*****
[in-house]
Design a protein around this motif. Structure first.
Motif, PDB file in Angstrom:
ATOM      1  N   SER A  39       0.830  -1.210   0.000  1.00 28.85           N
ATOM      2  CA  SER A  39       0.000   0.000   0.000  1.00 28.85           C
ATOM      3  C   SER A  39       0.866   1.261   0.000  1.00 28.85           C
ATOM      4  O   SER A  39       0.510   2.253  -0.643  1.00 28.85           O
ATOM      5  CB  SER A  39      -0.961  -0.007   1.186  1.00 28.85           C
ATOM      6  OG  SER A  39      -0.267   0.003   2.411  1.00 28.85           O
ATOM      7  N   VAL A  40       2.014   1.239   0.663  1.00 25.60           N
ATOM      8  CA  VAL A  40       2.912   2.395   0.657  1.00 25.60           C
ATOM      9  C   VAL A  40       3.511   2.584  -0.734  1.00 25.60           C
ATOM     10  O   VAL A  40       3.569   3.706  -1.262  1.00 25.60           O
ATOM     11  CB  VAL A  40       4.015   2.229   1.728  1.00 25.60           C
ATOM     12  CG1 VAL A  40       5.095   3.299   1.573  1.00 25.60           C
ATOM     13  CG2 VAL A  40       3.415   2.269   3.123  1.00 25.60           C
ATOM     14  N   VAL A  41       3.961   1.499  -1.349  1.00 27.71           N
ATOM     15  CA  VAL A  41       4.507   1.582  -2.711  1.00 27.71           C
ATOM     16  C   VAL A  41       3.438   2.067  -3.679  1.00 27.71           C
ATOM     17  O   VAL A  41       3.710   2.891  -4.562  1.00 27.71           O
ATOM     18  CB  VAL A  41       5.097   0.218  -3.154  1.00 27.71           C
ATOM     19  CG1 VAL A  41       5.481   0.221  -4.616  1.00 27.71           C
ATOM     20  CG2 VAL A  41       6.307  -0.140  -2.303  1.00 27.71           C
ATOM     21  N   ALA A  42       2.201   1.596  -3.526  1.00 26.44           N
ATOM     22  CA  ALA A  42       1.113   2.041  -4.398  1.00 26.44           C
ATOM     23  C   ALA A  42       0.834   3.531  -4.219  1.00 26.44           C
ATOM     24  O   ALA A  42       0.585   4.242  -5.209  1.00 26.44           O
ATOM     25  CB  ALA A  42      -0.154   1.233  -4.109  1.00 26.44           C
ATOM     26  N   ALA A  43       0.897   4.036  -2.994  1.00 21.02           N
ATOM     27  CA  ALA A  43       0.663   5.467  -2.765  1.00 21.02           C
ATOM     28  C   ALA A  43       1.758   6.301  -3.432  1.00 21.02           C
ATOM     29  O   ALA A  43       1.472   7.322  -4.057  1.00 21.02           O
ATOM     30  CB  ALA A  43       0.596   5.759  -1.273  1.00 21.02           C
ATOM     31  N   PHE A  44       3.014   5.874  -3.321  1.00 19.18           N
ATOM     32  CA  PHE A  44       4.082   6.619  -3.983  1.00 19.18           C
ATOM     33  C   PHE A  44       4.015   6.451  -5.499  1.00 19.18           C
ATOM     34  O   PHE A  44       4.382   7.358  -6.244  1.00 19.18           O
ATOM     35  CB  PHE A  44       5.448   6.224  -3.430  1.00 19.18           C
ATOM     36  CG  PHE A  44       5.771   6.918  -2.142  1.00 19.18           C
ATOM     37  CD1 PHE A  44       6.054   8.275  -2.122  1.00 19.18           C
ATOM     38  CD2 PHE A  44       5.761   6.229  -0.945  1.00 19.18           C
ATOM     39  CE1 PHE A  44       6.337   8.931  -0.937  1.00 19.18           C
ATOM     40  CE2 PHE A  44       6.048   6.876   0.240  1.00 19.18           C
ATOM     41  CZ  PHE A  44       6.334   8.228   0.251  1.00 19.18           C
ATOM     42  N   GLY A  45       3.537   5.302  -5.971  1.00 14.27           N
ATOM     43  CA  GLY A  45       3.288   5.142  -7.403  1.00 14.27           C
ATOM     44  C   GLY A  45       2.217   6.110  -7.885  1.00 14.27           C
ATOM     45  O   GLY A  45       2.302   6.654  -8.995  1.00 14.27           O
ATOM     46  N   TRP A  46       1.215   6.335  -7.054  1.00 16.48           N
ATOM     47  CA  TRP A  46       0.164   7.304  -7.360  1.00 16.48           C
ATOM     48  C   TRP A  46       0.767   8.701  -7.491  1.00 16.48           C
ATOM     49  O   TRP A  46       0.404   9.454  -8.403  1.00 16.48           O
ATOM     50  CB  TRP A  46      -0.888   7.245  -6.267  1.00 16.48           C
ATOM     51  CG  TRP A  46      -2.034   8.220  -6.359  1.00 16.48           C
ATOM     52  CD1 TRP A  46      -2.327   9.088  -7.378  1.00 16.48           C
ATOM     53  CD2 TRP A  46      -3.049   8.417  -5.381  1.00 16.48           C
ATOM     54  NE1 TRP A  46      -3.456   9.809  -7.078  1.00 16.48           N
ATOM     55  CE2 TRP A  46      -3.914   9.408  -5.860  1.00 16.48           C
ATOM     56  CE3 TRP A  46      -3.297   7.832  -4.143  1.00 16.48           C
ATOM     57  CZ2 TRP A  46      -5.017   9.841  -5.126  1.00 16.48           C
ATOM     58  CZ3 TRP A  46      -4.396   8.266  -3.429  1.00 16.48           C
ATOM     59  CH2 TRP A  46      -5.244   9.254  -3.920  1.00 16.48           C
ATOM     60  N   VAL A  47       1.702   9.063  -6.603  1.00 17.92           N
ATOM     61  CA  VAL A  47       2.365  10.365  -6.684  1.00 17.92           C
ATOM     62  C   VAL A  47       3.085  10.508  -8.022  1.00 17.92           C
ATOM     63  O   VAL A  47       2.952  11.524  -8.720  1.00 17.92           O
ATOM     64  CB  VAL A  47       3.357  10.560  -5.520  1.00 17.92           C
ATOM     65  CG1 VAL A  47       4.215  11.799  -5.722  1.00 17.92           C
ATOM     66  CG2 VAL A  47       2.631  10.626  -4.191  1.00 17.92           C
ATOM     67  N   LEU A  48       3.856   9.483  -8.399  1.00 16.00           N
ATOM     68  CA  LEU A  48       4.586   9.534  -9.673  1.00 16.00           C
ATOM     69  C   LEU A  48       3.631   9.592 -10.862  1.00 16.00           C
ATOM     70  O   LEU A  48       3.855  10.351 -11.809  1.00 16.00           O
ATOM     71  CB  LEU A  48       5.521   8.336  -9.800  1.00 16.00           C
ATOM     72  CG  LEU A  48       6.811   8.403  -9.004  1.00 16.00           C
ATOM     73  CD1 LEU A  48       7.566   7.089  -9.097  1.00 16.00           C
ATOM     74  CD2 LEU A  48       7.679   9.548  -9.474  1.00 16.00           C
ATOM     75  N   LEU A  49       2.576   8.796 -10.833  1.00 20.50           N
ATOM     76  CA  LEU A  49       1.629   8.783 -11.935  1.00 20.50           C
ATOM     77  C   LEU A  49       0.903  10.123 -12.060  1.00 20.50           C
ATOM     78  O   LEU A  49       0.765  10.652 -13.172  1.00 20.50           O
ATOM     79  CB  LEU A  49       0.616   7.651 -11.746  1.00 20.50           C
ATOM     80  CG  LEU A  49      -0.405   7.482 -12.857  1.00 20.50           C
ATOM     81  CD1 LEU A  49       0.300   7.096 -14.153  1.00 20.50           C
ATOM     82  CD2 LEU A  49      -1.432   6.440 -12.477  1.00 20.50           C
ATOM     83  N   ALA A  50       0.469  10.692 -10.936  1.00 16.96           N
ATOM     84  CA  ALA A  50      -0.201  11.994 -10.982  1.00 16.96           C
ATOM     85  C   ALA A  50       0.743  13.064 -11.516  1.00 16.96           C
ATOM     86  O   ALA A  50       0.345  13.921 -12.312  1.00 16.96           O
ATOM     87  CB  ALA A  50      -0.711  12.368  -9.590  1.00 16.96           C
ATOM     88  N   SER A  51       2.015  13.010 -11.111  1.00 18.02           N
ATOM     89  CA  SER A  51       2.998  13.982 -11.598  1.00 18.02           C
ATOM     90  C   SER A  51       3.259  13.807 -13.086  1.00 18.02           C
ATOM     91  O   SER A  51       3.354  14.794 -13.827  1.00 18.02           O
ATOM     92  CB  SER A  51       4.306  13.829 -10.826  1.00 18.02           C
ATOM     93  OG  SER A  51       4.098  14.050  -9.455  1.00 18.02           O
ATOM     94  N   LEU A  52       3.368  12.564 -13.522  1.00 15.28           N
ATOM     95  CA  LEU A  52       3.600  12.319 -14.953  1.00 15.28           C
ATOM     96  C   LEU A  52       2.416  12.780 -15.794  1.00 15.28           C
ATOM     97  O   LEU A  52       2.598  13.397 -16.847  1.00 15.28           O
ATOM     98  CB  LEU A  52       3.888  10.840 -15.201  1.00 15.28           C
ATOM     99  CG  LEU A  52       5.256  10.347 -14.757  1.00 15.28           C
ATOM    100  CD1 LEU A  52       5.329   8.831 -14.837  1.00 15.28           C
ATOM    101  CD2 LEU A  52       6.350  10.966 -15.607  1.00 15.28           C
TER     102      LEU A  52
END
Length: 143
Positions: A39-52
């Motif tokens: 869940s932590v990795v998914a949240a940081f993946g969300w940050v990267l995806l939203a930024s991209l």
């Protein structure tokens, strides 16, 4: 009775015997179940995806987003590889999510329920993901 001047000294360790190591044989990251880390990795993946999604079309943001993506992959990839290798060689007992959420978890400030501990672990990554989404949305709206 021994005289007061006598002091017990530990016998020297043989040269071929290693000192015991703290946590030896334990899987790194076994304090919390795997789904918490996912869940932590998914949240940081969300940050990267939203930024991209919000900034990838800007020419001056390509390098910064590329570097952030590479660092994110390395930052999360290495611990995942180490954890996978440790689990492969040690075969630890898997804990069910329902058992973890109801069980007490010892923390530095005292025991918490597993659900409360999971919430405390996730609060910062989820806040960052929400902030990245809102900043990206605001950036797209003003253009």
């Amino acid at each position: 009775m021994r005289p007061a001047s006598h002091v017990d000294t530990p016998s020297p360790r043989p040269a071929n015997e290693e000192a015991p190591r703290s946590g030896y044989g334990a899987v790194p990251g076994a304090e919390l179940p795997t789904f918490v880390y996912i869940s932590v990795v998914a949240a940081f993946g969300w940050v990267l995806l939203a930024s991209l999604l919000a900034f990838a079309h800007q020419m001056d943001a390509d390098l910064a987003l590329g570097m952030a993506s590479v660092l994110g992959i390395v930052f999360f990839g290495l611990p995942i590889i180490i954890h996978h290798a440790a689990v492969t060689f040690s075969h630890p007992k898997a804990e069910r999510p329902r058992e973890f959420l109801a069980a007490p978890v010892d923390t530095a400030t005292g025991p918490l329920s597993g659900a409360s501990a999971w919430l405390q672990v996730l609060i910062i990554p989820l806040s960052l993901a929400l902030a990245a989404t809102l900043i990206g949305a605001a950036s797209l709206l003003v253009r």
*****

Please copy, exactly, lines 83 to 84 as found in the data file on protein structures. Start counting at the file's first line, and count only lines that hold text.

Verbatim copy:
ATOM     80  CG  LEU A  49      -0.405   7.482 -12.857  1.00 20.50           C
ATOM     81  CD1 LEU A  49       0.300   7.096 -14.153  1.00 20.50           C